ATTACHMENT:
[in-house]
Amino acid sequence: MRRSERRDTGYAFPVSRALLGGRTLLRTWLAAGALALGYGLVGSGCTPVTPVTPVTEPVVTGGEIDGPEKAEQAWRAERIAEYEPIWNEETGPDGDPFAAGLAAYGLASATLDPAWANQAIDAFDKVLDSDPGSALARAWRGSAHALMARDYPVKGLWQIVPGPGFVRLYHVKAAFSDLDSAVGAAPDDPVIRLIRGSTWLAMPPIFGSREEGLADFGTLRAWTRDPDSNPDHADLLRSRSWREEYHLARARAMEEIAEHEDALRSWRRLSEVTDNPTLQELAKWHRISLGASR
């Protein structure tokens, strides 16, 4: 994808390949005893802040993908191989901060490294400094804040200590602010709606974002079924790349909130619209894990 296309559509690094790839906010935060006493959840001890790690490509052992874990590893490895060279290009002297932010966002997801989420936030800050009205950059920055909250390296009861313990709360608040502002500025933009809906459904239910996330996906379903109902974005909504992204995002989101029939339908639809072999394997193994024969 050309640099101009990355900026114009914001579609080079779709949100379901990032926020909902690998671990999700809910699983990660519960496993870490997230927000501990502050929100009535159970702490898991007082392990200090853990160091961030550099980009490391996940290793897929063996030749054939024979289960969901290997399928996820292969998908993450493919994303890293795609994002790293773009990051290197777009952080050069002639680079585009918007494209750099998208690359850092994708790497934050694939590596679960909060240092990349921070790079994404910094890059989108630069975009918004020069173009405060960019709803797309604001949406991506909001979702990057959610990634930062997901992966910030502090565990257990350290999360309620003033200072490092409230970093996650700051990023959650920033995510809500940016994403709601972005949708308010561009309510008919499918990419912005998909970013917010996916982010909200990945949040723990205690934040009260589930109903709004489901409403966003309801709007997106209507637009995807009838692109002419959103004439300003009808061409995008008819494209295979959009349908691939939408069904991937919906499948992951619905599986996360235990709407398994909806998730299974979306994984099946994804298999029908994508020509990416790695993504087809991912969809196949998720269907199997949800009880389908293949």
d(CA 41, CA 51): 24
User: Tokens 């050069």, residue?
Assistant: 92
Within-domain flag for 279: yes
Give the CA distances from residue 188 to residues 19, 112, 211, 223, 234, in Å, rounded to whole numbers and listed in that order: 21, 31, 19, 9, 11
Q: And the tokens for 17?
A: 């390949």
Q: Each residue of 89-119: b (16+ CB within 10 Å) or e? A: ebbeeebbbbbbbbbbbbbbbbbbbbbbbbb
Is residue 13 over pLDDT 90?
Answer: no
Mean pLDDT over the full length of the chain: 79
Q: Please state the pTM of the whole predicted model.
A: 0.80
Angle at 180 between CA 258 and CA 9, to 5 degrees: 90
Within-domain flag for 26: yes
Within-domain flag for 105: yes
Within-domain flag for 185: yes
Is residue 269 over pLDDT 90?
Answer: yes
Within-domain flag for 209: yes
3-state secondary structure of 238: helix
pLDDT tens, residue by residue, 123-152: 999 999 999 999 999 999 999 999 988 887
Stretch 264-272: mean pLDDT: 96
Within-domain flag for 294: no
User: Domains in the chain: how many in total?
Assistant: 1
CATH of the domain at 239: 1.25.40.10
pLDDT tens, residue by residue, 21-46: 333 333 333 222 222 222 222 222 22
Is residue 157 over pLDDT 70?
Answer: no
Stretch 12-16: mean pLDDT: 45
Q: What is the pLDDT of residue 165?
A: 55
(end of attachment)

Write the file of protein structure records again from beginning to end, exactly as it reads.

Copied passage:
[in-house]
Amino acid sequence: MRRSERRDTGYAFPVSRALLGGRTLLRTWLAAGALALGYGLVGSGCTPVTPVTPVTEPVVTGGEIDGPEKAEQAWRAERIAEYEPIWNEETGPDGDPFAAGLAAYGLASATLDPAWANQAIDAFDKVLDSDPGSALARAWRGSAHALMARDYPVKGLWQIVPGPGFVRLYHVKAAFSDLDSAVGAAPDDPVIRLIRGSTWLAMPPIFGSREEGLADFGTLRAWTRDPDSNPDHADLLRSRSWREEYHLARARAMEEIAEHEDALRSWRRLSEVTDNPTLQELAKWHRISLGASR
């Protein structure tokens, strides 16, 4: 994808390949005893802040993908191989901060490294400094804040200590602010709606974002079924790349909130619209894990 296309559509690094790839906010935060006493959840001890790690490509052992874990590893490895060279290009002297932010966002997801989420936030800050009205950059920055909250390296009861313990709360608040502002500025933009809906459904239910996330996906379903109902974005909504992204995002989101029939339908639809072999394997193994024969 050309640099101009990355900026114009914001579609080079779709949100379901990032926020909902690998671990999700809910699983990660519960496993870490997230927000501990502050929100009535159970702490898991007082392990200090853990160091961030550099980009490391996940290793897929063996030749054939024979289960969901290997399928996820292969998908993450493919994303890293795609994002790293773009990051290197777009952080050069002639680079585009918007494209750099998208690359850092994708790497934050694939590596679960909060240092990349921070790079994404910094890059989108630069975009918004020069173009405060960019709803797309604001949406991506909001979702990057959610990634930062997901992966910030502090565990257990350290999360309620003033200072490092409230970093996650700051990023959650920033995510809500940016994403709601972005949708308010561009309510008919499918990419912005998909970013917010996916982010909200990945949040723990205690934040009260589930109903709004489901409403966003309801709007997106209507637009995807009838692109002419959103004439300003009808061409995008008819494209295979959009349908691939939408069904991937919906499948992951619905599986996360235990709407398994909806998730299974979306994984099946994804298999029908994508020509990416790695993504087809991912969809196949998720269907199997949800009880389908293949």
d(CA 41, CA 51): 24
User: Tokens 């050069």, residue?
Assistant: 92
Within-domain flag for 279: yes
Give the CA distances from residue 188 to residues 19, 112, 211, 223, 234, in Å, rounded to whole numbers and listed in that order: 21, 31, 19, 9, 11
Q: And the tokens for 17?
A: 């390949």
Q: Each residue of 89-119: b (16+ CB within 10 Å) or e? A: ebbeeebbbbbbbbbbbbbbbbbbbbbbbbb
Is residue 13 over pLDDT 90?
Answer: no
Mean pLDDT over the full length of the chain: 79
Q: Please state the pTM of the whole predicted model.
A: 0.80
Angle at 180 between CA 258 and CA 9, to 5 degrees: 90
Within-domain flag for 26: yes
Within-domain flag for 105: yes
Within-domain flag for 185: yes
Is residue 269 over pLDDT 90?
Answer: yes
Within-domain flag for 209: yes
3-state secondary structure of 238: helix
pLDDT tens, residue by residue, 123-152: 999 999 999 999 999 999 999 999 988 887
Stretch 264-272: mean pLDDT: 96
Within-domain flag for 294: no
User: Domains in the chain: how many in total?
Assistant: 1
CATH of the domain at 239: 1.25.40.10
pLDDT tens, residue by residue, 21-46: 333 333 333 222 222 222 222 222 22
Is residue 157 over pLDDT 70?
Answer: no
Stretch 12-16: mean pLDDT: 45
Q: What is the pLDDT of residue 165?
A: 55